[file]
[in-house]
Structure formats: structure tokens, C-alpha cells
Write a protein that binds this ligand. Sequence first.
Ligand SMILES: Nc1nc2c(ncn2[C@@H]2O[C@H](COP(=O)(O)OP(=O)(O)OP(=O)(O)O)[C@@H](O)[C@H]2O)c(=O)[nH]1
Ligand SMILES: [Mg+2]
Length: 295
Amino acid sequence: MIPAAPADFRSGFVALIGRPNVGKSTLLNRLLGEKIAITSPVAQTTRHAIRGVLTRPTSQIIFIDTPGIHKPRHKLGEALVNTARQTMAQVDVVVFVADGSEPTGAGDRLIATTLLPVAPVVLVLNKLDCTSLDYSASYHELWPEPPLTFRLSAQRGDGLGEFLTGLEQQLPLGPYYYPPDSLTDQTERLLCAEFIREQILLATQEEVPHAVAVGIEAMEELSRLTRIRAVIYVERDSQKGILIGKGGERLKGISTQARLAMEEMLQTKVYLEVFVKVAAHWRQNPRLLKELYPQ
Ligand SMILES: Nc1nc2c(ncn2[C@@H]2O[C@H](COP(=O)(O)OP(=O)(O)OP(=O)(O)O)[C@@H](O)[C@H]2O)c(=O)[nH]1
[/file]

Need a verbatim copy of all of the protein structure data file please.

[in-house]
Structure formats: structure tokens, C-alpha cells
Write a protein that binds this ligand. Sequence first.
Ligand SMILES: Nc1nc2c(ncn2[C@@H]2O[C@H](COP(=O)(O)OP(=O)(O)OP(=O)(O)O)[C@@H](O)[C@H]2O)c(=O)[nH]1
Ligand SMILES: [Mg+2]
Length: 295
Amino acid sequence: MIPAAPADFRSGFVALIGRPNVGKSTLLNRLLGEKIAITSPVAQTTRHAIRGVLTRPTSQIIFIDTPGIHKPRHKLGEALVNTARQTMAQVDVVVFVADGSEPTGAGDRLIATTLLPVAPVVLVLNKLDCTSLDYSASYHELWPEPPLTFRLSAQRGDGLGEFLTGLEQQLPLGPYYYPPDSLTDQTERLLCAEFIREQILLATQEEVPHAVAVGIEAMEELSRLTRIRAVIYVERDSQKGILIGKGGERLKGISTQARLAMEEMLQTKVYLEVFVKVAAHWRQNPRLLKELYPQ
Ligand SMILES: Nc1nc2c(ncn2[C@@H]2O[C@H](COP(=O)(O)OP(=O)(O)OP(=O)(O)O)[C@@H](O)[C@H]2O)c(=O)[nH]1